DNA testing to be used to distinguish an identical twin: Is it possible?

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DNA testing has become a standard legal identification method especially in criminal cases. DNA testing has also been applied in paternity disputes. However, it is a different thing for identical twins. Similarity in identical twins DNA profile have been debated so many years ago. Some criminal cases even came to a no conclusion case due to the lack of differences found in the DNA sequences amongst the identical twins.

Photo credit: Technologynetworks.com

Why do identical twins or monozygotic twins share the same DNA profile? This is mainly because the twins are growing from the same, single fertilized egg which then splits into tow and forms two individual embryos. Thus, the reason they have nearly identical genomes and cannot be differentiated using the traditional, standard DNA testing method.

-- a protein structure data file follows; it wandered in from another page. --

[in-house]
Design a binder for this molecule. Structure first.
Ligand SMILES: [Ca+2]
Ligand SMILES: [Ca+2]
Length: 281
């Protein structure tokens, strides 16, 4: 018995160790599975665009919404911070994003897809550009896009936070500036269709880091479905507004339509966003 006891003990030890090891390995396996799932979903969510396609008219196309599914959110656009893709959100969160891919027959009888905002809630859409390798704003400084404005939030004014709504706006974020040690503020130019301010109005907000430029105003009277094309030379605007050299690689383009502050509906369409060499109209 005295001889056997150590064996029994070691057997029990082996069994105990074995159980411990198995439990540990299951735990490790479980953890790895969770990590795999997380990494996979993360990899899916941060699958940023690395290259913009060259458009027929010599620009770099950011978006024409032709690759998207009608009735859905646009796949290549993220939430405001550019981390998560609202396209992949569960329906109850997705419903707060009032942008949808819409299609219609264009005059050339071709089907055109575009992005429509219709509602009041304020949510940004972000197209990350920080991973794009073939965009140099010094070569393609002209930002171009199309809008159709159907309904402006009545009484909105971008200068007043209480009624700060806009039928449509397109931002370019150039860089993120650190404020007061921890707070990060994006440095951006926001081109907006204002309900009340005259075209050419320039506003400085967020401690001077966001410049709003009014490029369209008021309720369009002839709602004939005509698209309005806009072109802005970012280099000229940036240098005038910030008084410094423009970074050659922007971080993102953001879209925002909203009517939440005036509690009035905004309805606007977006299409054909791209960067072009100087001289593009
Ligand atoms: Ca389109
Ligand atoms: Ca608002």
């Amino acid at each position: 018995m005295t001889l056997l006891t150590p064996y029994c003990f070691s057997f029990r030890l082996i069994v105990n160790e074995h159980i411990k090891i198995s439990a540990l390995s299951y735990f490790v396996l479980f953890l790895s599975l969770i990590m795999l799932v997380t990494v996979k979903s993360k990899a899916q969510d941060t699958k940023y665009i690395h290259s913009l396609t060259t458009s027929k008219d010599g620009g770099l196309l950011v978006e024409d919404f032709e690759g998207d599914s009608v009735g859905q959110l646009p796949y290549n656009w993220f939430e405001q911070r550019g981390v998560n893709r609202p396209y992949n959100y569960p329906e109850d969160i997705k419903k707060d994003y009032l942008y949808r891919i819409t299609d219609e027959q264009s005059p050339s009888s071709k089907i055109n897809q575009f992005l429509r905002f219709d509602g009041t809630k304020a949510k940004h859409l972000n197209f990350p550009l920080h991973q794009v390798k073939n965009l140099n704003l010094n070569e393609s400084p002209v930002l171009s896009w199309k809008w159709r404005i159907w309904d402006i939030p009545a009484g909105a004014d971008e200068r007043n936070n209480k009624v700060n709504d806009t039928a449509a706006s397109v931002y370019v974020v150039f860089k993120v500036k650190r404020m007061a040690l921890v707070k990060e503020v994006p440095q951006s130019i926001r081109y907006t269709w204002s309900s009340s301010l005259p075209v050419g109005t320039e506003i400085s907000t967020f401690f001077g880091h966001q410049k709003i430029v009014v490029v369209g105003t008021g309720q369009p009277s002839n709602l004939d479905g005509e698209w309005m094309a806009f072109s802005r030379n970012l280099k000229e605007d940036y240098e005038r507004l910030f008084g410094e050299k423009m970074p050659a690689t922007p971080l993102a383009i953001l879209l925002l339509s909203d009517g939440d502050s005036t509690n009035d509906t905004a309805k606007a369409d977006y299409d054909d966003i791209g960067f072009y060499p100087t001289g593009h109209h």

Traditional DNA profile testing involves amplifying DNA fragments collected from a crime scene then compare with a suspect’s DNA profile. In normal case, this method of DNA testing is sufficient due to the fact that each individual’s DNA profile is vary, regardless of various types of samples recovered from a crime scene. This traditional method however is insufficient to pinpoint mutations in identical twins. Despite of sharing the similar DNA, the profiles are not necessarily exactly the same. This is due to the factors such as environmental factor that may contribute to the mutations of their DNA sequence. Hence, a more comprehensive methods and techniques might be needed to pinpoint this scarce mutations. In modern days, the identification and differentiation of an identical twins are possible with the introduction of next-generation sequencing. A group of scientists from Germany has claimed the effectiveness of this method by taking a close look at the base pairs of the complete human genome, comprising 3 billion-base-pair of DNA. What they examine was the mutations that randomly occurred during development. The mutations were found vary although only at a limited locations. These random mutations can be used to relate a crime to a twin. However, hopefully more research and analysis would be done so that this method can be improved in terms of its complexity

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